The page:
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Princess Louise, Duchess of Argyll, was the sixth child of Queen Victoria. Born in 1848, that year of revolution in Europe, her childhood was painfully overshadowed by the death of her father, the Prince Consort. Her mother's subsequent seclusion not only rocked the foundations of the Monarchy but also proved to be a traumatic period for her family. Whilst still a teenager, Princess Louise found herself thrust into the centre of British political life.

Her marriage in 1871 to the Marquis of Lorne, heir to the Duke of Argyll, was controversial because she was the first daughter of the Sovereign to marry a commoner since the sixteenth century, and he was a Liberal MP. On his appointment as Governor-General, she accompanied him to Canada and travelled extensively in the United States, only a few years after the end of the American Civil War.

It was on her return home that she embarked upon the quest that was to consume her energies for the rest of her long life: the need to escape from the confines of royal circles and to be 'useful'. A talented artist and sculptress, she mixed with Whistler, Boehm and Gilbert. She also took a keen interest on the education of women and was concerned with women's rights. At the same time she was in the forefront of the trend which saw royalty lend its name to causes as diverse as needlework and medicine. Her story depicts almost a century of social and political history.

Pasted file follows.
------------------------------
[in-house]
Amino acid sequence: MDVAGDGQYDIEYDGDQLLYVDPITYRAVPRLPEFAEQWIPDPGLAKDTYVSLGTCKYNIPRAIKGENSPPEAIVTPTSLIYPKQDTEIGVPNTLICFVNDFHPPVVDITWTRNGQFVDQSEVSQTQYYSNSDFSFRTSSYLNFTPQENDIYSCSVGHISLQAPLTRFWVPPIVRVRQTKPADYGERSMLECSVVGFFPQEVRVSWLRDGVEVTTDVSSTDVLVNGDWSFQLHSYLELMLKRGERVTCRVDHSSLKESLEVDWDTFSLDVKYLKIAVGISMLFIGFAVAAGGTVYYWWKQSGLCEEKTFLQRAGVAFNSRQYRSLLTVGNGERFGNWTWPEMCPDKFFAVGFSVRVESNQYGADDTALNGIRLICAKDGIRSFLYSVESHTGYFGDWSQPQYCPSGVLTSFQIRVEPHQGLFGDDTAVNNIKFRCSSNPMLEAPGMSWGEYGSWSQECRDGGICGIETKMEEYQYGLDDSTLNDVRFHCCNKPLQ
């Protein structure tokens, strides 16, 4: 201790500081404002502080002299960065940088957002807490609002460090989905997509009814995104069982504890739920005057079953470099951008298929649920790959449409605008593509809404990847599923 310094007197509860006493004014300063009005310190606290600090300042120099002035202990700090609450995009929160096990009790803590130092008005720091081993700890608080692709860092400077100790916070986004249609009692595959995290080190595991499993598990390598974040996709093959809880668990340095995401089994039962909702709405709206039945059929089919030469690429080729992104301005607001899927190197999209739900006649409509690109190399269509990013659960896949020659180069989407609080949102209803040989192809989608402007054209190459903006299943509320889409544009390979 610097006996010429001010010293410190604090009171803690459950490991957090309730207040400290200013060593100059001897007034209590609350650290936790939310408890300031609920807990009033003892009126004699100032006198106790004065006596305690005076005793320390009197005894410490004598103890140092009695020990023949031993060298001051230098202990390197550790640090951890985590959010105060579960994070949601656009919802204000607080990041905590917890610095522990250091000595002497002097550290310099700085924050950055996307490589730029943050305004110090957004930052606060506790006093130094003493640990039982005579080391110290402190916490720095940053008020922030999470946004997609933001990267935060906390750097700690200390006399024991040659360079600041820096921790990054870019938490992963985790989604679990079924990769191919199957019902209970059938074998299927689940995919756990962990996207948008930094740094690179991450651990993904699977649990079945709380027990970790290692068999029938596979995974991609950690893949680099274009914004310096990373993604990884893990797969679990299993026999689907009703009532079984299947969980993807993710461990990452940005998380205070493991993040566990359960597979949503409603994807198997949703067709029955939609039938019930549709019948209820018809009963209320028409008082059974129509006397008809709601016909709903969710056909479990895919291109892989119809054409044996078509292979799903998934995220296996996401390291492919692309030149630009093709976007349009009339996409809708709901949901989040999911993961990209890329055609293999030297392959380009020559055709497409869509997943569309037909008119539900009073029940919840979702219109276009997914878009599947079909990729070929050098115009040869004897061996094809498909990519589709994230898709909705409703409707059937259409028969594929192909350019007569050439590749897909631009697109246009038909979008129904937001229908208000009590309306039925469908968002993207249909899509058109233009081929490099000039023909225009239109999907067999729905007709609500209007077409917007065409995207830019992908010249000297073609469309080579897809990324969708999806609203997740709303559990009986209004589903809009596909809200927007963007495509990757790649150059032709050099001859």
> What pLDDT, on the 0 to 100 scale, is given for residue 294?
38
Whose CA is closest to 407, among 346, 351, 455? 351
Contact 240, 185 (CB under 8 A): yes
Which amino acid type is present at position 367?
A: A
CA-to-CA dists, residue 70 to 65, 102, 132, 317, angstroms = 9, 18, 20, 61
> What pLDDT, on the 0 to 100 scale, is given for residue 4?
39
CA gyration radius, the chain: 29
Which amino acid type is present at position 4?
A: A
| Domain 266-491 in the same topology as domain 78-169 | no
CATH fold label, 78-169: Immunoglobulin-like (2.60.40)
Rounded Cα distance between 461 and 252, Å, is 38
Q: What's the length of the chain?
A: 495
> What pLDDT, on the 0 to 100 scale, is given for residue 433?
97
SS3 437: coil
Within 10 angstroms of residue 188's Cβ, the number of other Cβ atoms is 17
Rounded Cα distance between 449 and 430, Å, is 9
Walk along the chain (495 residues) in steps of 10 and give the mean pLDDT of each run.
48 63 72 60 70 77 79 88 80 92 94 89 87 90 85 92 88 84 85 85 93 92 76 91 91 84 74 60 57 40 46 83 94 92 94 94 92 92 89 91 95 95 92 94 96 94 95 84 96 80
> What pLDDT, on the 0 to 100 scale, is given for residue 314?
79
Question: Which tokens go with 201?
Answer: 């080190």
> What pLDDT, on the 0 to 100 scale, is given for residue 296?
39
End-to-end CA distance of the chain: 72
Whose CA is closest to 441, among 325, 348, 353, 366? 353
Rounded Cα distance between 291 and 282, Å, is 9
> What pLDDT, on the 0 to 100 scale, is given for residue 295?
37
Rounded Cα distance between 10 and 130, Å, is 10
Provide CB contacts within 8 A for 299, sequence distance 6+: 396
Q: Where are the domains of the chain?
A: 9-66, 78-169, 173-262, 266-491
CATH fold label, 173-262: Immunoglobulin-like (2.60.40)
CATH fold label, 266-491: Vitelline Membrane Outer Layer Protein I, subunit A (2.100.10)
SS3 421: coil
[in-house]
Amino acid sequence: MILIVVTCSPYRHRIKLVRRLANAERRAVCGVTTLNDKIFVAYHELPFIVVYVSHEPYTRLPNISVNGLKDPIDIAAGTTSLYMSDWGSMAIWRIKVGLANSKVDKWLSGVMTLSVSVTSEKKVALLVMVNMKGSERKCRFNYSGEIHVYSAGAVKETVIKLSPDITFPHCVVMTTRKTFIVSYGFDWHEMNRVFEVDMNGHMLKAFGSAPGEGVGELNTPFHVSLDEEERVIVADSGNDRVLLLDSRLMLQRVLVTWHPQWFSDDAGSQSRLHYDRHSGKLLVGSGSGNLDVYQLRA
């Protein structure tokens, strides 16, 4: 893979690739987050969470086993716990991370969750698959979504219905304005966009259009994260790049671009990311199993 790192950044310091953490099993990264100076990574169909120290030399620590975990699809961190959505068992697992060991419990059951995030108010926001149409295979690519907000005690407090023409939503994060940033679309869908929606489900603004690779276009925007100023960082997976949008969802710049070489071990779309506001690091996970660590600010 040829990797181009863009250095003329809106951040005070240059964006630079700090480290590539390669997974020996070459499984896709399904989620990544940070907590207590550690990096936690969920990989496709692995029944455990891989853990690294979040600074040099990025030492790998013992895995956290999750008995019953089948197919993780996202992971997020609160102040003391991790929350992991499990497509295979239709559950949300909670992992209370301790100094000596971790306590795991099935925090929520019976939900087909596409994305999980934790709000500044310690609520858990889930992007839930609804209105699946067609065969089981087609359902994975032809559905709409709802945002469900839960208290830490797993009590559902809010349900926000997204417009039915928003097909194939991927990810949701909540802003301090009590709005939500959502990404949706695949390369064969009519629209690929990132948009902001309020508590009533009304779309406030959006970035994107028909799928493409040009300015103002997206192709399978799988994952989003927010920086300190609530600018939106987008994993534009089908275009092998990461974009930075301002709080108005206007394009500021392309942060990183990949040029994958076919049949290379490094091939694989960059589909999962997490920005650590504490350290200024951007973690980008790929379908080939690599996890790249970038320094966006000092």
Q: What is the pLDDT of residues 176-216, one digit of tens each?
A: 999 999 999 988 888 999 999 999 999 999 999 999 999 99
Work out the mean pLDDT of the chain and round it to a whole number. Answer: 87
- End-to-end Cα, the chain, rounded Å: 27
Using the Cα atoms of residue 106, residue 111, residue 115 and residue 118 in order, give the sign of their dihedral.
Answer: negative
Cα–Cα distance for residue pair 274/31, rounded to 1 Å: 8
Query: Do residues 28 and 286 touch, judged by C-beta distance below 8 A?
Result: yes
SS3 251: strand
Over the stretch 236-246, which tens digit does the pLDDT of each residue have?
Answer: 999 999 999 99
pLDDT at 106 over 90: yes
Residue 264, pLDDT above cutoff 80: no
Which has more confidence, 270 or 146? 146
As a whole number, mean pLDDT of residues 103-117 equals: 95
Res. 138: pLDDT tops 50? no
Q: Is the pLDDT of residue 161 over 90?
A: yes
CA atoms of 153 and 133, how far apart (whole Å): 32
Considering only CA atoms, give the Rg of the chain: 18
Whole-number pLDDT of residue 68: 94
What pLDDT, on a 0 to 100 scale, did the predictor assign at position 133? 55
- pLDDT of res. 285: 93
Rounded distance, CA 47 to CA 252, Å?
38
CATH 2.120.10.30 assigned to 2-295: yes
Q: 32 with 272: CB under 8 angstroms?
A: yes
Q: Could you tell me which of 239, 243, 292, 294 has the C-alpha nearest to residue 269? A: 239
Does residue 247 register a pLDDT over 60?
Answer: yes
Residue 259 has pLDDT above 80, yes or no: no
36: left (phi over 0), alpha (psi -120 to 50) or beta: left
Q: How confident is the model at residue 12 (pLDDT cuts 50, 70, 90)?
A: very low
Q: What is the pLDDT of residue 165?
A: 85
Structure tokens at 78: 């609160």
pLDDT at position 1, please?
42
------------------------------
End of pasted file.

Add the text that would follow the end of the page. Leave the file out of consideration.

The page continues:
Jehanne Wake has drawn on a wealth of unpublished material to throw new light on Queen Victoria and the evolution of Monarchy, as well as to provide a vivid and moving portrait of a remarkable woman.

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